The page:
“Over the past couple of weeks, a lot has happened,” Parrett began. “Protests have occurred, riots have broken out, people have been killed. And across the United States, companies, organizations, and schools have proclaimed their support of a movement called ‘Anti-racism'”—here Parrett was referring to the capital-A variety. Parrett went on to complain about the segregated setting of the training and what she saw as the generally closed-minded nature of the nation’s post-Floyd discourse. “Democracy thrives on conversations, but what we are seeing happening right now in the United States is not a conversation,” she read. “It is a coup. Everyday Americans of all colors, creeds, backgrounds, and beliefs are being held hostage. Zealots are telling us, ‘You’re either with us or against us, and if you’re against us, you’re an evil bigot.’ They are telling us, ‘You’re either part of the solution, or you’re part of the problem.’ They are telling us that all people may be classified into two sides: us or them, Democrat or Republican, liberal or conservative, people of color or white, righteous or bigoted, oppressed or privileged. I don’t accept such false dichotomies, and I don’t accept the ad hominem implications that come with it. Too often, words like ‘privileged,’ ‘defensive,’ and ‘fragile’ are just ways to dismiss what another person has to say. Too often, words like ‘racist’ are just a way to intimidate someone into silence.” Parrett argued that people should work together to solve “real problems like wealth disparity, poverty, job insecurity, unemployment, the high cost of living, or the fracturing of the nuclear family, whatever form that family takes,” but are waylaid by those who claim the “real problems” are “racism, sexism, transphobia…[and] hateful words.”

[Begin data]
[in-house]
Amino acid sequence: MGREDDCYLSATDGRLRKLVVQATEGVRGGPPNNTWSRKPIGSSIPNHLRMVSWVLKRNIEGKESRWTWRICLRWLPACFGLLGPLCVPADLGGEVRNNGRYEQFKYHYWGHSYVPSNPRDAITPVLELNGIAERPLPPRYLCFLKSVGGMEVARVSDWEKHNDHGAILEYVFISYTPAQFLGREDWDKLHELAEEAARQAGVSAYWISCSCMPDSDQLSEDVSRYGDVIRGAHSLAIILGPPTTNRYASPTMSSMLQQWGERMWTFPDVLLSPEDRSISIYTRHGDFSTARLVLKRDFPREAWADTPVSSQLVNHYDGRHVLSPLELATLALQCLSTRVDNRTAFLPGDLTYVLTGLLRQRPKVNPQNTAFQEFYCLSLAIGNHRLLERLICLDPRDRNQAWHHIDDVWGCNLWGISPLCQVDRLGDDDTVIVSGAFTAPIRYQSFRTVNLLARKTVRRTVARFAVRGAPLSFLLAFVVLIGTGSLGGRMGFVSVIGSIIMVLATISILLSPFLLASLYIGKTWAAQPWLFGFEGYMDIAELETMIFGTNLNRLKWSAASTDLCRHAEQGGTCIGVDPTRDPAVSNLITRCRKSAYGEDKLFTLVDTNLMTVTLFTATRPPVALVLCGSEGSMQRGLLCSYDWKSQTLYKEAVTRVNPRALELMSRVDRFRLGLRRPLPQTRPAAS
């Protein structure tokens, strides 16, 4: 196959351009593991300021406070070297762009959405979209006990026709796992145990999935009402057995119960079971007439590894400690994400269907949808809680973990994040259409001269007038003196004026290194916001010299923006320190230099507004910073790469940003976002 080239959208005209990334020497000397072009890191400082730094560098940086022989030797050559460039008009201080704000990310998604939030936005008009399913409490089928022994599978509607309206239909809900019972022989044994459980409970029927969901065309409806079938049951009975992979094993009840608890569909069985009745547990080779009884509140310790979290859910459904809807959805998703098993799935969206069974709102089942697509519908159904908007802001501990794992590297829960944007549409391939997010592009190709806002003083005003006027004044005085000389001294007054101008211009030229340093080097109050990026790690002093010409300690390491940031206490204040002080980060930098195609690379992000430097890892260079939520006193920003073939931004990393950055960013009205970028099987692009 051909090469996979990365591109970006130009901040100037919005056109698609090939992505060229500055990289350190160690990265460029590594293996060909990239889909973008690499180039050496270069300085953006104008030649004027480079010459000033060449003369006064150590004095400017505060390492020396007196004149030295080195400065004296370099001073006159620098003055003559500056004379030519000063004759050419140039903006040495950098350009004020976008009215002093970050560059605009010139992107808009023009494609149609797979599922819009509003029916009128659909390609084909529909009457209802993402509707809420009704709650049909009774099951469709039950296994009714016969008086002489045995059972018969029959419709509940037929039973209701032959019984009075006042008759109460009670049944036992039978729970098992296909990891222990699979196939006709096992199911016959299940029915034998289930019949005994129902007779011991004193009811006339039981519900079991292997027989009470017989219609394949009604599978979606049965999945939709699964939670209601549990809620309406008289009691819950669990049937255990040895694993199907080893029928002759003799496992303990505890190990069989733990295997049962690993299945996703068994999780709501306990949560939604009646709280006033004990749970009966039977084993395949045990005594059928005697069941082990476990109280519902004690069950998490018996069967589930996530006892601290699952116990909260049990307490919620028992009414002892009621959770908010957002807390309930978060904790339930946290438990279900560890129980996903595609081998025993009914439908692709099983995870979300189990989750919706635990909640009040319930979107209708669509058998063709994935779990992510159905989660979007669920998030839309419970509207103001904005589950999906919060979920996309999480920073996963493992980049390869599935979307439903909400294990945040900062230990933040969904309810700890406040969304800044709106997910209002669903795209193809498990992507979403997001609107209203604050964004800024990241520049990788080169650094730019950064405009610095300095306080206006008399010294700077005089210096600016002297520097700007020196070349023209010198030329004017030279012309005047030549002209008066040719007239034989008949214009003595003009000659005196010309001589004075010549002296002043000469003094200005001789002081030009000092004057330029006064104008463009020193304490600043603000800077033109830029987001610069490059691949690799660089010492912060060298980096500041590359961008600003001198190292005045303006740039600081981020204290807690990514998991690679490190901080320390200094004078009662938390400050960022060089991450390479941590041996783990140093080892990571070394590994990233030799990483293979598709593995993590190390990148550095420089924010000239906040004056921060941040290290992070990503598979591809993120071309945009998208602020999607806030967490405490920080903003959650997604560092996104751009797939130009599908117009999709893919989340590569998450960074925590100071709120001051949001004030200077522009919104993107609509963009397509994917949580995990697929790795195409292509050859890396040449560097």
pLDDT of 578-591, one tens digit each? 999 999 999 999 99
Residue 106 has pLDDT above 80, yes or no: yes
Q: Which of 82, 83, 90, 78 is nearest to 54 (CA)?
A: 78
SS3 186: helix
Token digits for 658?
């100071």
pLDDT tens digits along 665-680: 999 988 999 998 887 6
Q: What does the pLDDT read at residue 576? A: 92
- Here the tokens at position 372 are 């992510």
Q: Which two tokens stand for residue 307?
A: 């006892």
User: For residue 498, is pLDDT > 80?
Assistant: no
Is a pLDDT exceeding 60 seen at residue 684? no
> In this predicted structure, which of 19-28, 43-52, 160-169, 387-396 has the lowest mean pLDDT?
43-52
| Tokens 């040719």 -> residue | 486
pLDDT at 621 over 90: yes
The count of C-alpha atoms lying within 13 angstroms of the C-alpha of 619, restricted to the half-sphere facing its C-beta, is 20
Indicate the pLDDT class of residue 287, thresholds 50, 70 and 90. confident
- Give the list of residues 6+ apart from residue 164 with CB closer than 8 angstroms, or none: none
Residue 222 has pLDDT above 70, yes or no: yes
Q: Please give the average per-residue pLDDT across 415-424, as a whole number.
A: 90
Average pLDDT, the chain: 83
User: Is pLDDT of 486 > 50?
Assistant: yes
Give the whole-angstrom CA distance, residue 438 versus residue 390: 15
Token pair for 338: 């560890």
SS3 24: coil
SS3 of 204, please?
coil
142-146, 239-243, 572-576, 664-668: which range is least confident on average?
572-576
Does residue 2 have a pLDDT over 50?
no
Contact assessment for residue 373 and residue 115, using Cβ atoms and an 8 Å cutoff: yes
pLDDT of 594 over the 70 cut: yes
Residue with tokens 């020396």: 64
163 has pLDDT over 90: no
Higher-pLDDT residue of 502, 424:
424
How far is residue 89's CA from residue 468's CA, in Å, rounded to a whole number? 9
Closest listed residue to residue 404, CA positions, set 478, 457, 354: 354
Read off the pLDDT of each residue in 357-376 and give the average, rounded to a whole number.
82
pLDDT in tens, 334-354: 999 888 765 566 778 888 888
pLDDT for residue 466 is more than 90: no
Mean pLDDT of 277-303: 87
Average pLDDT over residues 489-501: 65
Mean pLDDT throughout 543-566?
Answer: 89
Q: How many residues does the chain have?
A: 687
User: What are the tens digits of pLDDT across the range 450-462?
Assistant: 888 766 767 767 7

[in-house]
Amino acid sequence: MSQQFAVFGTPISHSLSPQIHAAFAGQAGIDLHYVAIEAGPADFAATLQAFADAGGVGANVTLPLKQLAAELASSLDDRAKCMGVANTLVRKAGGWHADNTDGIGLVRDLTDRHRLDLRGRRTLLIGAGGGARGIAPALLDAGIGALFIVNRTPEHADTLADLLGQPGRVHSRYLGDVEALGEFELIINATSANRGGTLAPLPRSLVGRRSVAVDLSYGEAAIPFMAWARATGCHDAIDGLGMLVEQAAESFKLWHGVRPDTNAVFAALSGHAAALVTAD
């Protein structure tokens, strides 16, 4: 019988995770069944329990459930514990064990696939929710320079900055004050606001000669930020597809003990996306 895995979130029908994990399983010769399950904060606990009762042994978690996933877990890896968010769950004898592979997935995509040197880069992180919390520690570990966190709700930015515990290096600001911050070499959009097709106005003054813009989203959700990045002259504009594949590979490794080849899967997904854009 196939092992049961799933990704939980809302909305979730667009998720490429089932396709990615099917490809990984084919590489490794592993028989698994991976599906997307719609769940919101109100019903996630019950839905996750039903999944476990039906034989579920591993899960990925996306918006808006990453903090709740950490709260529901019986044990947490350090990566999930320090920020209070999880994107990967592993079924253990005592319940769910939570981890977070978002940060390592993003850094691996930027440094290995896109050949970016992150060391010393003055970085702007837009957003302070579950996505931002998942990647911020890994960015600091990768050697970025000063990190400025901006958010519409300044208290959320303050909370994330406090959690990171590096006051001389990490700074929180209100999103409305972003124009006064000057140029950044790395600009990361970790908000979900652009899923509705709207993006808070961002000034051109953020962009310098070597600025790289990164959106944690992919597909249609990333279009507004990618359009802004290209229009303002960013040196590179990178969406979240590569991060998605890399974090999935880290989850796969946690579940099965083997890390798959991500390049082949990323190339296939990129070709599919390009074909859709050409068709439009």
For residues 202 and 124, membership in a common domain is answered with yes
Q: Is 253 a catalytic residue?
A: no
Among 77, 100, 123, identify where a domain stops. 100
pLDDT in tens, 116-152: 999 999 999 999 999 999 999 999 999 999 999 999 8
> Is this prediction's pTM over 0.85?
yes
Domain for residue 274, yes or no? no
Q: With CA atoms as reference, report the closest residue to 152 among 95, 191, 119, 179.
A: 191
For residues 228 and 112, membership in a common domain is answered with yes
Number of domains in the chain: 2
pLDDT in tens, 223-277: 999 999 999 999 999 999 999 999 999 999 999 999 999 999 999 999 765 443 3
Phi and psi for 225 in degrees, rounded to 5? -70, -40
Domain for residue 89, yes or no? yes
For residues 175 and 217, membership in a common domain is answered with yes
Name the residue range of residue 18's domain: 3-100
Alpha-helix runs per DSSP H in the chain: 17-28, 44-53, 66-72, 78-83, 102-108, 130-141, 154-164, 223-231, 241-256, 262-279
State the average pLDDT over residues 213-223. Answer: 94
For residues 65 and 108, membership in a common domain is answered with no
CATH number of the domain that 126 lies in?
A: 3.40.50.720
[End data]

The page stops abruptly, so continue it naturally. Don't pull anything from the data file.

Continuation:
“Thank you, Elisa,” said the facilitator, cutting Parrett off about three minutes into her remarks. “No, you don’t get to cut me off—I’m going to finish what I have to say,” she responded. “I’m going to ask that you share the platform with the rest of the 200 nearly people who are here today,” replied the facilitator. But Parrett continued for about another minute, telling the all-white attendees of the mandatory, segregated conversation that universities should be places where “ideas could be discussed, explored, debated, and assessed”—and that “this is not that.”